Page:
What Should The Next Kin Of A Deceased Investor Do In Case Of Investments In Lock-In Fund?
Sep 27, 2019

Author: Aditi Murkute

(Image source: Image by Free-Photos from Pixabay)

After several weeks ago when I had written explaining How To Transmit Mutual Fund Investments Of Parents, As A Legal Heir, there were enquiries about transmission of units of deceased investor's investments having a lock-in period.

So today I will elucidate more about the process/procedure for transfer of mutual fund units with a lock-in period to the next of kin.

Among Mutual Funds, Equity Linked Saving Schemes have a lock-in period of three years, and some of the closed-ended schemes like Fixed Maturity Plans (FMPs) have a maturity period concurrent to that of the fund itself. To claim the proceeds, the procedure remains the same across all categories of funds, but the settlement time differs for the lock-in funds.

The basic intent of investing is to secure oneself and family's future. But sometimes due to the untimely demise of an investor, the next of kin ought to make claims. Although it is difficult to think about making claims when you have lost a close family member, yet it is an important thing to do.

  • As mentioned earlier, ELSSs have a mandatory lock-in period of three years, are diversified funds that help in wealth accumulation and at the same time offer tax-saving benefit under section 80C of the Income-tax Act,1961. Investments made in an ELSS through systematic investment plan (SIP) is also subjected to a three-year lock-in, from the date of each of those instalments.

    [Read: Which Are The Best ELSSs (Tax Saving Funds) For 2019?]

    Suppose if an investor who had invested in an ELSS passed away immediately after 6 months of investing, during the lock-in period, then, as per the ELSS Rules, the deceased investor's units will get transmitted to the next of kin, and the lock-in tenure is reduced to one year.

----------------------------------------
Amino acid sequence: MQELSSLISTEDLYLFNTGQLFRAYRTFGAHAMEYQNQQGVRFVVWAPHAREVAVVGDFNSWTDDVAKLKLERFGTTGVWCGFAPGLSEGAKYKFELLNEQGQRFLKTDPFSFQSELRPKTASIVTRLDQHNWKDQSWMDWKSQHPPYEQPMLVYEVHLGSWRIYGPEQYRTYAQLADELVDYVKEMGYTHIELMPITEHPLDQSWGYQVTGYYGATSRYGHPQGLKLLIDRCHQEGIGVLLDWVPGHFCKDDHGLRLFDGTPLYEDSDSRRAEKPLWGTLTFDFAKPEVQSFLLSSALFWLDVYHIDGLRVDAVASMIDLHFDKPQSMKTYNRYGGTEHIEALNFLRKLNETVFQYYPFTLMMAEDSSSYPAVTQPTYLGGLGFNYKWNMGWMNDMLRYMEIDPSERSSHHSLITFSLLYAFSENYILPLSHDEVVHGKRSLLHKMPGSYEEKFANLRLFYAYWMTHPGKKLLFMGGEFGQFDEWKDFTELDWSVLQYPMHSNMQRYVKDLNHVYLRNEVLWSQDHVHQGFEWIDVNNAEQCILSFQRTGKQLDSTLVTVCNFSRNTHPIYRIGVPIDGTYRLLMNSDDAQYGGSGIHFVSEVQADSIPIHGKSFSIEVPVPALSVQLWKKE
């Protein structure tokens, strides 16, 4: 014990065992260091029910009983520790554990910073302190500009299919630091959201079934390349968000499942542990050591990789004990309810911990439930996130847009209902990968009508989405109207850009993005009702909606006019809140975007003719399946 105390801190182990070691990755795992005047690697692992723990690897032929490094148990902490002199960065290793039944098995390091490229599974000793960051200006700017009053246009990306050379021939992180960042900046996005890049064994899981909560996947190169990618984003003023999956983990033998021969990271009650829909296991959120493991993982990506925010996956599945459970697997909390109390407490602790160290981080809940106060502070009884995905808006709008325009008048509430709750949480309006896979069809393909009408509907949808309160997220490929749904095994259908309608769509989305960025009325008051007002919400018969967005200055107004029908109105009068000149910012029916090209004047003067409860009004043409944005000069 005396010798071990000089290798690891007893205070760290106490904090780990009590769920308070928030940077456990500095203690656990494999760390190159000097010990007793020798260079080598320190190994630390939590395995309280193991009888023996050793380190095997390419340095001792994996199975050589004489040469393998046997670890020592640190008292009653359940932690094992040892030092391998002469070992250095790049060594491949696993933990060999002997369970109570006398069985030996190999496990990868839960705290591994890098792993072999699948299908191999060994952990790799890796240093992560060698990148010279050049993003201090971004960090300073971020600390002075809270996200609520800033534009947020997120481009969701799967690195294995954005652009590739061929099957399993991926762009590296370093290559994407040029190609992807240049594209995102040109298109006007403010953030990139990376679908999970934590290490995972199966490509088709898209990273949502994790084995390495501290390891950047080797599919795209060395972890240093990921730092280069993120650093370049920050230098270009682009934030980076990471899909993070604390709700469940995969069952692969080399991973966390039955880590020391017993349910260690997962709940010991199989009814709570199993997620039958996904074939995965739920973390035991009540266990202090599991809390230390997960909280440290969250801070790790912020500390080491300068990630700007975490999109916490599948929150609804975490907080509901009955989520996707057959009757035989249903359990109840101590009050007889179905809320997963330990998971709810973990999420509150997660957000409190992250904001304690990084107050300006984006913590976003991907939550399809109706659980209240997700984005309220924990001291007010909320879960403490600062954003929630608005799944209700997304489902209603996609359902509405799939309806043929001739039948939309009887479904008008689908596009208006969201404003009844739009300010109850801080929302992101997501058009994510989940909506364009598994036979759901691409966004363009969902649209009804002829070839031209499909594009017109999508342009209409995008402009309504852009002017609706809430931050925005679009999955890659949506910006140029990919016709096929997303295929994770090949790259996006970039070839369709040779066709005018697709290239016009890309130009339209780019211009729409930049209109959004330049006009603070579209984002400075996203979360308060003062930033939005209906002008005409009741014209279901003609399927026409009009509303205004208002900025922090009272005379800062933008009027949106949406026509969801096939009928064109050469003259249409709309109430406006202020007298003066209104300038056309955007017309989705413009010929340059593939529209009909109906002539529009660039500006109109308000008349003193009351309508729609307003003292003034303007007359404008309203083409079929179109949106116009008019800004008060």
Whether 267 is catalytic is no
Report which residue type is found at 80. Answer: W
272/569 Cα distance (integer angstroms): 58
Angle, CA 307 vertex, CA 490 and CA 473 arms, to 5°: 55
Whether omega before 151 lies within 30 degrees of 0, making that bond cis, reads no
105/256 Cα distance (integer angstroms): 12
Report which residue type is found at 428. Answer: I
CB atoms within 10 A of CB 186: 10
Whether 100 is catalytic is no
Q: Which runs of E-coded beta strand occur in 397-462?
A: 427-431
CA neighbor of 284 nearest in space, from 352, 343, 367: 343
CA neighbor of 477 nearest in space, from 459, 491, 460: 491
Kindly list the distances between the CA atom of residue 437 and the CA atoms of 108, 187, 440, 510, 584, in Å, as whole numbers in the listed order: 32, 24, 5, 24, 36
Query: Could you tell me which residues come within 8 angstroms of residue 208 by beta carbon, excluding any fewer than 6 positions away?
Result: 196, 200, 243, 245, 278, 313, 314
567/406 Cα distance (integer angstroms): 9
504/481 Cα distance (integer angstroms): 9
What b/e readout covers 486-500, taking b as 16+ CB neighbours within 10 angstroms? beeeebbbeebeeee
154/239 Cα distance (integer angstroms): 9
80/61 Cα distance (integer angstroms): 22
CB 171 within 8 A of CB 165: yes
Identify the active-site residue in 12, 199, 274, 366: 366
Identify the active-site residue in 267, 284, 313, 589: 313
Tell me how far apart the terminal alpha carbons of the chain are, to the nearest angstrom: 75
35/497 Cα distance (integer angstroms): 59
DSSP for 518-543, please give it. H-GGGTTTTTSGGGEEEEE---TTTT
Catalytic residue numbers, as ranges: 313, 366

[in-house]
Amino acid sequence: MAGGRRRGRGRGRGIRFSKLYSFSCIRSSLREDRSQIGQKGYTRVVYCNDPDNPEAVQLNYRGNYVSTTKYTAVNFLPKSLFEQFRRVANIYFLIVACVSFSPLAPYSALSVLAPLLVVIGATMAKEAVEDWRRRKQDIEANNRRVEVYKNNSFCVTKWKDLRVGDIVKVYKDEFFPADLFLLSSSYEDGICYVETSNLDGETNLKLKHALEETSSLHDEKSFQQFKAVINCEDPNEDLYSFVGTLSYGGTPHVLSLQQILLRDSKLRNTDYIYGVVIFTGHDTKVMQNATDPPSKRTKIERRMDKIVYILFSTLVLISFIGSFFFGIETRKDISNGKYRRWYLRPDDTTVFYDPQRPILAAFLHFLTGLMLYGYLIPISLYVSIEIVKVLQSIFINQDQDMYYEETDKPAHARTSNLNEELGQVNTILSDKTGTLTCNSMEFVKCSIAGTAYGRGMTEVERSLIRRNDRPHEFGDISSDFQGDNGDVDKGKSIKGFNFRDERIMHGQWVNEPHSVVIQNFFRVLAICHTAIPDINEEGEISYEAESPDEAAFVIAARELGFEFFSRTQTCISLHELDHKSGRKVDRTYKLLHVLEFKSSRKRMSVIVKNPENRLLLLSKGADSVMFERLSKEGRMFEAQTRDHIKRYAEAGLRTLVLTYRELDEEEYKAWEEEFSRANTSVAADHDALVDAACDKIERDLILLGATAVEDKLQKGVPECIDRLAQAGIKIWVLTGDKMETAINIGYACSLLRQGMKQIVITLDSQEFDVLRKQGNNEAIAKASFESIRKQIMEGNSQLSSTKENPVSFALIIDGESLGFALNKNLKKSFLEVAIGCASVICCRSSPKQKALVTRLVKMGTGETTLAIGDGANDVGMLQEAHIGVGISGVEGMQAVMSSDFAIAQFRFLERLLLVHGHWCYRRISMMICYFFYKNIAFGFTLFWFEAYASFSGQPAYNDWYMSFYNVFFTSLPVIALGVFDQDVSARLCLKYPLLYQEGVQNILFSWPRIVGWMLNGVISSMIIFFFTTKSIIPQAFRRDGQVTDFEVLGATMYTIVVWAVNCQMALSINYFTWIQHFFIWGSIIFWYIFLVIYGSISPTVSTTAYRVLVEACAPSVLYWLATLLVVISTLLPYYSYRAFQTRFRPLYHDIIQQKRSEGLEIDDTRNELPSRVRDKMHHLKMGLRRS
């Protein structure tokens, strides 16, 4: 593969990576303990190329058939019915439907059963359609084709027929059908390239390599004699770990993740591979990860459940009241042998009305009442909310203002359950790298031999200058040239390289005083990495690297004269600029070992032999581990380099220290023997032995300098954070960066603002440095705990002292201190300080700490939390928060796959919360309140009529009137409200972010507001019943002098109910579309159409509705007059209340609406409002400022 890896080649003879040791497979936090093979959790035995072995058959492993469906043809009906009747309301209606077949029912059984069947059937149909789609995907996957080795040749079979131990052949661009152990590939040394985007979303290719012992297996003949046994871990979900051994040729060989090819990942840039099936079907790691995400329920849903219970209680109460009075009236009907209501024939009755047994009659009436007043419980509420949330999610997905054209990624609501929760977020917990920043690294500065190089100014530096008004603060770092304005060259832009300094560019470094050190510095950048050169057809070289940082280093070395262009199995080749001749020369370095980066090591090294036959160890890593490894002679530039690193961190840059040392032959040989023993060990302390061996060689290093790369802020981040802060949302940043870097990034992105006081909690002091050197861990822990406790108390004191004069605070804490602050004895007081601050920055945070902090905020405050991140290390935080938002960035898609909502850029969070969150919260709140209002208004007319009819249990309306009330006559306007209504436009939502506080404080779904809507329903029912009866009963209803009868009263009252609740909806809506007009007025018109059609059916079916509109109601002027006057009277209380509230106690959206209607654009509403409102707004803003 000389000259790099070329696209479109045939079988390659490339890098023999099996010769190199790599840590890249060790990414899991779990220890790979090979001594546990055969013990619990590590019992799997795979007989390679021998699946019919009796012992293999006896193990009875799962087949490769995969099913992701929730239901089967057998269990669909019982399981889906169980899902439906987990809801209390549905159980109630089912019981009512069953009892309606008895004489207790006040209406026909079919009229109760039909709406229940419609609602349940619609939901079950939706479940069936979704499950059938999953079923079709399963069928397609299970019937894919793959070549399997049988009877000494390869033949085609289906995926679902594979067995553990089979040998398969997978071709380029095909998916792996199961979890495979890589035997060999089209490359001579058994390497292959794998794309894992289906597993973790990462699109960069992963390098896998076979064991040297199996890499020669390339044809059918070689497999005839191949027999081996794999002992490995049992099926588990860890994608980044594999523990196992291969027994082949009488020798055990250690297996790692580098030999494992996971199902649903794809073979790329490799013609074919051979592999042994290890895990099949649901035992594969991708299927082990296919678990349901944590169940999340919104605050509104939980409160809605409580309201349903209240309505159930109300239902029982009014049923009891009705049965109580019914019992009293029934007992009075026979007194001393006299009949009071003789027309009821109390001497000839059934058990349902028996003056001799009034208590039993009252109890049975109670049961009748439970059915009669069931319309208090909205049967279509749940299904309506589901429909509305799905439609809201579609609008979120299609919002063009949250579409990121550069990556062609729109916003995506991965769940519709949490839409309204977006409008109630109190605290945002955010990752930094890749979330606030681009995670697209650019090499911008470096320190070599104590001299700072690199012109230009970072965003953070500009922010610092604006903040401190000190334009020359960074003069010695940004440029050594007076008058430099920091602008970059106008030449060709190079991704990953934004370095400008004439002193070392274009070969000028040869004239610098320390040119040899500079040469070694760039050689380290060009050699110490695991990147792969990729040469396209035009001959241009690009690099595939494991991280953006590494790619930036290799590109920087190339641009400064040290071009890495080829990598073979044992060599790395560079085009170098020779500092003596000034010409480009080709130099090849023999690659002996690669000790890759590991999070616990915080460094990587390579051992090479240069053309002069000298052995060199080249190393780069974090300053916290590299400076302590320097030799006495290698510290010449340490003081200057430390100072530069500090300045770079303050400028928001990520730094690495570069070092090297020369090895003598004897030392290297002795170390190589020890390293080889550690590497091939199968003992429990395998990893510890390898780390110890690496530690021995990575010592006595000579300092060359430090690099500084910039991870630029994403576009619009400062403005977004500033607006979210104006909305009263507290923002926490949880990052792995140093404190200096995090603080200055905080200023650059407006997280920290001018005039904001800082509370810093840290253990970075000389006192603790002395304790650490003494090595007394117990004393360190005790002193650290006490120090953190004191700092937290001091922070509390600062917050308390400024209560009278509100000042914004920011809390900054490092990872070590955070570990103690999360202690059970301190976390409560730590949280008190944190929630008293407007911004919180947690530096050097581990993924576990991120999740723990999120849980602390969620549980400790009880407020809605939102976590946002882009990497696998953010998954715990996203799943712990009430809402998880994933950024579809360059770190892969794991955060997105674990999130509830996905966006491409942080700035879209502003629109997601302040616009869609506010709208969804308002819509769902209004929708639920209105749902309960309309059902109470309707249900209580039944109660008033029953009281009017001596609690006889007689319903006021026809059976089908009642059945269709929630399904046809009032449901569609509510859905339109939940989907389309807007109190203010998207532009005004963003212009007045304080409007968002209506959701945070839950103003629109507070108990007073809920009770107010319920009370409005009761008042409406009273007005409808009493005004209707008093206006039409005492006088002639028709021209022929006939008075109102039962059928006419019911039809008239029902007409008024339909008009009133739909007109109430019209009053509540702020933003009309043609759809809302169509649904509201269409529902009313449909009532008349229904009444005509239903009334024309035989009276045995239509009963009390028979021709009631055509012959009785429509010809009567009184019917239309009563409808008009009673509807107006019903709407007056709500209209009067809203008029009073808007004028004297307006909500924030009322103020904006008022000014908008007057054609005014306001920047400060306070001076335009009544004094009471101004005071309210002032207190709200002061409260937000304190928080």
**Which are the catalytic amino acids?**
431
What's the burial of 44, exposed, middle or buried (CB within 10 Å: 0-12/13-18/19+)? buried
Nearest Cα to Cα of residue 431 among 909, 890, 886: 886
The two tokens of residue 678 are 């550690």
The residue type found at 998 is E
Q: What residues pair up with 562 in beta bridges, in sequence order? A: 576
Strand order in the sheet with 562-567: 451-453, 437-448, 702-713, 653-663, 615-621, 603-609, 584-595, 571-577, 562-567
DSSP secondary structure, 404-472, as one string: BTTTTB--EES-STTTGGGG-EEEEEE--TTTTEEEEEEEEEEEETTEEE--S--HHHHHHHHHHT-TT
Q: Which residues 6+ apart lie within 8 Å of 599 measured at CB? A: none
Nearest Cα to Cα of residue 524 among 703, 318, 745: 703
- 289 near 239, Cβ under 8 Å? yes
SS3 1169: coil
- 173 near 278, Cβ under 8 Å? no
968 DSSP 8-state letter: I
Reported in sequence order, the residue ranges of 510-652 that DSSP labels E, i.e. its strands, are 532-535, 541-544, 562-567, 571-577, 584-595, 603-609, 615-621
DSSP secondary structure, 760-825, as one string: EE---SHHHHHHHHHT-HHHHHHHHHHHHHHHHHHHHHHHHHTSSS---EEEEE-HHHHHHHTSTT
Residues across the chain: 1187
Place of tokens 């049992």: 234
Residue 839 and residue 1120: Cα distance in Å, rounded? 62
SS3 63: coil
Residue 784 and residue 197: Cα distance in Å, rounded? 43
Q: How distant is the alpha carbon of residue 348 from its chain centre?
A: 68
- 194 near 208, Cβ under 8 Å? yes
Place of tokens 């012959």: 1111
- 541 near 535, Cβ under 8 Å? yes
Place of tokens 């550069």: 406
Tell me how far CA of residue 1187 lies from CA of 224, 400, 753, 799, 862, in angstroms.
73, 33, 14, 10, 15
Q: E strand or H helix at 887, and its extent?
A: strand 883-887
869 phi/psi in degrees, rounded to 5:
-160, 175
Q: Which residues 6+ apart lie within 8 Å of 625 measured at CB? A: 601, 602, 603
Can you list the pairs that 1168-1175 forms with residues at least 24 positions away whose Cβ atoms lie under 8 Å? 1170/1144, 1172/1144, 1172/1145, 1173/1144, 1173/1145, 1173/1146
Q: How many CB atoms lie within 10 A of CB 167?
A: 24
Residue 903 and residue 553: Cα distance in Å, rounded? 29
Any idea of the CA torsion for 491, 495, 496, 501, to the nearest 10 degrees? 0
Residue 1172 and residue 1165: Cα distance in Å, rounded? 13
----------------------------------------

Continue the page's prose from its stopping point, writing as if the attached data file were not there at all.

The actual proceeds are allowed for withdrawal only after completion of one year from the date of the original investment, i.e. a year from the initial date of units allotted to the first original unit holder and not transmission date.

    Hence when the original unit holder passes away, within a year, the funds stay invested for a minimum period of a year, and thus the lock-in reduces.

  • FMPs, as the name suggests, are close-ended debt funds (investments can be made only during the new fund offer period) with a fixed maturity horizon (i.e. the investment maturity, which is fixed, is declared at the outset).

    The investment time horizon range varies from as low as 30 days to 5 years. Since the maturity time and money (collected from the investor) are known beforehand, the fund manager can invest with reasonable confidence in securities that have a similar maturity as that of the scheme.

    Thus, the scheme invests at a pre-determined yield to lock it at the time of investment for the fixed time horizon and hold the portfolio till maturity. At most, one can sell units to other investors over the stock exchange.

    [Read: No 'Fixed Maturity' For FMPs?]

    So, when an investor invests in an FMP, his/her units are aligned to the overall tenure of the scheme at a pre-defined rate. Hence when the original investor passes away, these units get transmitted to the next of kin, but the actual proceeds are allowed for redemption only on/after maturity.

Remember as a claimant to your family member's investments, the most important thing about making a claim of any mutual fund units is to follow all procedures and submit proper documents required for it, along with filled requisite forms.

Do ensure that you, as kin of the unit holder, provide a copy of death certificate, investment papers, letter of indemnity, relevant affidavit, succession certificate/letter of administration and an attested copy of probate of a will. Please ensure that the name of your close family member is spelt correctly and it is as per the official documents such as PAN card and Aadhaar and so on. If there is a discrepancy, it could take more than a month to sort the name change issue and this might add to the stressful situation.

Besides, do not forget to provide your KYC details and a letter informing about the demise of the original unit holder's death to the Fund / AMC / RTA for the redemption of units or close the account or transfer the units and to start the procedure at earliest.

PS: If you need expert guidance to select mutual fund schemes that have the potential to provide BIG gains, want to do tax planning with ELSS, and want to know which ones are worthy to start a SIP in, PersonalFN has come up with an exclusive three-in-one combo offer.

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This article first appeared on Certified Financial Guardian.  



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